Feminism in/and philosophy

A SWIP-UK conference at Oxford University, 27 - 29 March, 2014

Conference Schedule

All events will take place in All Souls College, Oxford. Talks will take place in the Old Library and meals will take place in the Hall.

Thursday 27th March

3.30 - 4.30: Registration (Hall)

4.30 - 5.30: Rae Langton (Cambridge), “Accommodating Authority in Philosophical Language Games.” (Old Library)

5.45 - 6.45: Drinks reception (Hall)

Friday 28th March

9.30 - 10.00: Coffee (Hall)

10.00 - 11.00: Elselijn Kingma (Southampton), “How Many in a Pregnancy? The Metaphysics of Human Reproduction.” (Old Library)

11.00 - 11.30: Coffee (Hall)

11.30 - 1:00: Panel on Women in Academic Philosophy: Practical Issues, with Paula Boddington (Oxford), Karen Margrethe Nielsen (Oxford), Ema Sullivan-Bisset (Birmingham)

1.00 - 2.30: Lunch (Hall)

2.30 - 3.30: Stella Sandford (Kingston), “Feminism, Philosophy and Transdisciplinarity.” (Old Library)

3.30 - 3.45: Short Break

3.45 - 4.45: Aislinn O’Donnell (Mary Immaculate College, Limerick), “A Political Philosophy of the Singular” (Old Library).

4.45 - 5.15: Coffee (Hall)

5.15 - 6.30: Michele LeDoueff (Emeritus Professor, CNRS, Paris), “Towards a New Philosophical Imaginary?” (Old Library).

7.30: Dinner (Hall)

Saturday 29th March

9.00 - 9.45: SWIP General Assembly (Old Library) — All SWIP members are invited, and all women attending the conference are day-members of SWIP

9.30 - 10: Coffee (Hall)

10.00 - 11.00: Sandrine Berges (Bilkent), “Two Dimensions of Epistemic Injustice for the Feminist History of Philosophy, or Why the Work of Recovery is Always Political” (Old Library)

11.00 - 11.30: Coffee (Hall)

11.30 0 12.30. Alex Davies (Tartu), “Feminism and Method in the Philosophy of Language.” (Old Library)

12.30 - 2.00: Lunch (Hall)

2.00 - 3.00: Melissa Zinkin (Binghamton SUNY), “What Feminist Philosophy Should and Should Not Be” (Old Library)

3.00 - 3.30: Coffee (Hall)

3.30 - 4.45: Jennifer Saul (Sheffield), “Dogwhistles and Philosophy” (Old Library)

Registration now closed

We are thrilled with the overwhelming interest that the Feminism in/and Philosophy conference has attracted. Unfortunately space is very limited, and registration is now closed, with a very long waitlist. We are truly sorry we could not accommodate everyone. 

Call for Abstracts

We welcome abstracts (of up to 500 words) for 30-minute presentations on the theme of feminism in/and philosophy. Please email your abstracts to oxfordswip2014@gmail.com by 30 November, 2013. Travel within the UK and accommodation will be covered for speakers.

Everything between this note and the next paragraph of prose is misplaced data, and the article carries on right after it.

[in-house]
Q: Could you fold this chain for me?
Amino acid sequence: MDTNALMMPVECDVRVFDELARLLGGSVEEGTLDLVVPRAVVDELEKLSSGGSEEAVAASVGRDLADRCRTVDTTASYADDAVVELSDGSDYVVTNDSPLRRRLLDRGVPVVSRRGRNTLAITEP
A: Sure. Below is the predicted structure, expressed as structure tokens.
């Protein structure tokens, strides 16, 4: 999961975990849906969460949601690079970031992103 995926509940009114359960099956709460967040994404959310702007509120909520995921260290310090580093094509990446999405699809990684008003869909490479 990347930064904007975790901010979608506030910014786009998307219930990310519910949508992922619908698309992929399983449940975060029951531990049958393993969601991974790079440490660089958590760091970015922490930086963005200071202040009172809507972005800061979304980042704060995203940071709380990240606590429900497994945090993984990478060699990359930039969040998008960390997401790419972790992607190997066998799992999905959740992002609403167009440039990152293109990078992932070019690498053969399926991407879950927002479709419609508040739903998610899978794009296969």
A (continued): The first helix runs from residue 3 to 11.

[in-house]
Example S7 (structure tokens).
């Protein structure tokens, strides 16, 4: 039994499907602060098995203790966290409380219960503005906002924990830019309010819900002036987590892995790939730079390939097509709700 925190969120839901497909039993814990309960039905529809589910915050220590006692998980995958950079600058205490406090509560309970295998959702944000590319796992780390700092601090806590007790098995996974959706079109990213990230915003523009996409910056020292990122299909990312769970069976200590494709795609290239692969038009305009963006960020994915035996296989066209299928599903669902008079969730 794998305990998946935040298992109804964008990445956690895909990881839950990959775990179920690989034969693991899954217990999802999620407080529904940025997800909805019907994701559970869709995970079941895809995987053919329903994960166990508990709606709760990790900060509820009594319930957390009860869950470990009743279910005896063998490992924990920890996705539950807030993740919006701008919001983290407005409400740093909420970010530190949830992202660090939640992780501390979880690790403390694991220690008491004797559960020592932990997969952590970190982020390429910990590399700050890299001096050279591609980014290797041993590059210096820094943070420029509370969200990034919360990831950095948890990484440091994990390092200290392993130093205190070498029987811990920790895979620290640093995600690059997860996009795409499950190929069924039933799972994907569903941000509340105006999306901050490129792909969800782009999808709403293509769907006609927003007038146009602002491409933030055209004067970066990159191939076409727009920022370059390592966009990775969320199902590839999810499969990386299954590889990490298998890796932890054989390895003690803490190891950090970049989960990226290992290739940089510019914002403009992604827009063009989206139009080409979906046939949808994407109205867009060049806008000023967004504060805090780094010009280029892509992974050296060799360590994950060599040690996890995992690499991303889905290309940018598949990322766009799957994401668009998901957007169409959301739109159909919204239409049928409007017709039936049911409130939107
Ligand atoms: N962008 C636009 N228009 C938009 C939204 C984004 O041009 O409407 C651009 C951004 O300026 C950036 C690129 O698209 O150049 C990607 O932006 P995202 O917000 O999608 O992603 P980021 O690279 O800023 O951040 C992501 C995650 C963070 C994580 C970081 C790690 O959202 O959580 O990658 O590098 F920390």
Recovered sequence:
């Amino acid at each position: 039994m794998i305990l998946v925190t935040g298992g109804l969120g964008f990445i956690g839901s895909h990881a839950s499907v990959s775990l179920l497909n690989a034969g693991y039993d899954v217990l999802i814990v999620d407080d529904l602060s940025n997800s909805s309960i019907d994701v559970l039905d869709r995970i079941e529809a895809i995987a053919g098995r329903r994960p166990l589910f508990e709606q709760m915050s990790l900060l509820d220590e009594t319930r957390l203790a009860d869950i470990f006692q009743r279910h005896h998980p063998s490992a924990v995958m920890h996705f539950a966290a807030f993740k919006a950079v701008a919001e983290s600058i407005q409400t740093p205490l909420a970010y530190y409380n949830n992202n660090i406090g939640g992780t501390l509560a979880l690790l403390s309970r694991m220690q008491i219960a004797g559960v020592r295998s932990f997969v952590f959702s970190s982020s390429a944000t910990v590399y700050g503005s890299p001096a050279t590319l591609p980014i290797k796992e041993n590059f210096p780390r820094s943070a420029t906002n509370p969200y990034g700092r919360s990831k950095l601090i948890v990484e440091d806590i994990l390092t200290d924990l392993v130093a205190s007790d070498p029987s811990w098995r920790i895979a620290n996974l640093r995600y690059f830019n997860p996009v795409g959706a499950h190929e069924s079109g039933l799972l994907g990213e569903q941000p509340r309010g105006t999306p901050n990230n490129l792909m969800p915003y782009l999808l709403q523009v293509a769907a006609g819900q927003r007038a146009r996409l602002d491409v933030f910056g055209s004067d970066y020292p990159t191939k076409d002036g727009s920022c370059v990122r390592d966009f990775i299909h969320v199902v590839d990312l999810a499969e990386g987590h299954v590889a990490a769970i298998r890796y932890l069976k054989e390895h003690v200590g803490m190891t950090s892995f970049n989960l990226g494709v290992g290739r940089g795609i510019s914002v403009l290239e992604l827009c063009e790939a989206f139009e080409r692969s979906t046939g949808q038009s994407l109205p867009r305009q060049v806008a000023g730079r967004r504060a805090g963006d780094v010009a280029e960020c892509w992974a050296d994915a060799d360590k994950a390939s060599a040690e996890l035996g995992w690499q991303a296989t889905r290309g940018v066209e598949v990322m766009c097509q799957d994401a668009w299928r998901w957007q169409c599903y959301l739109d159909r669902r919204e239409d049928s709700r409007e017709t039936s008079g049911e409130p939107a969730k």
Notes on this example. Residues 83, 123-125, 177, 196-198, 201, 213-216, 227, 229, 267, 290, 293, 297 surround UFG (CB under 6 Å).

Registration

The conference is open to all but because of limited space requires pre-registration. To register, please email: oxfordswip2014@gmail.com with your department/university affiliation and also letting us know who you are (i.e. an undergraduate, graduate student, faculty). Please also let us know whether you would like to attend the (free) conference dinner on Friday, 28 March at All Souls College, along with any dietary requirements you have.

Conference Announcement

Feminism in/and Philosophy

All Souls College, Oxford, 27-29 March 2014.

Invited speakers are Michèle Le Doeuff, Rae Langton and Jennifer Saul.

“[W]hen you are a woman and a philosopher,” writes Michèle Le Doeuff in Hipparchia’s choice, “it is useful to be a feminist in order to understand what is happening to you”. Like many productive relationships, the relationship between feminism and philosophy has never been easy. Feminists and philosophers alike have claimed that between the two there can be no real dialogue. Radical feminists argue that the history of philosophy is the history of a patriarchal institution, the values of truth and reason no more than tools of subordination. Many philosophers meanwhile dismiss the very idea of ‘feminist philosophy’ as a category error: a conflation of a political project with an epistemic one.

And yet, we now have a rich tradition of feminist philosophy: a tradition that embraces orthodox philosophical values while drawing on the concerns and interests and methods of feminism. But just what is feminist philosophy, and how is it possible? What is it to be a feminist philosopher, beyond being both a philosopher and a feminist? What is it do philosophy as a feminist? And what is to practice feminism through philosophy? How are we to reconcile the demands of theory and practice, the goals of truth and emancipation, the perspectives of the universal and the particular?

This set of questions will be the starting point for the Feminism in/and Philosophy conference, at All Souls College, Oxford, 27-29 March 2014. Invited speakers are Michèle Le Doeuff, Rae Langton and Jennifer Saul.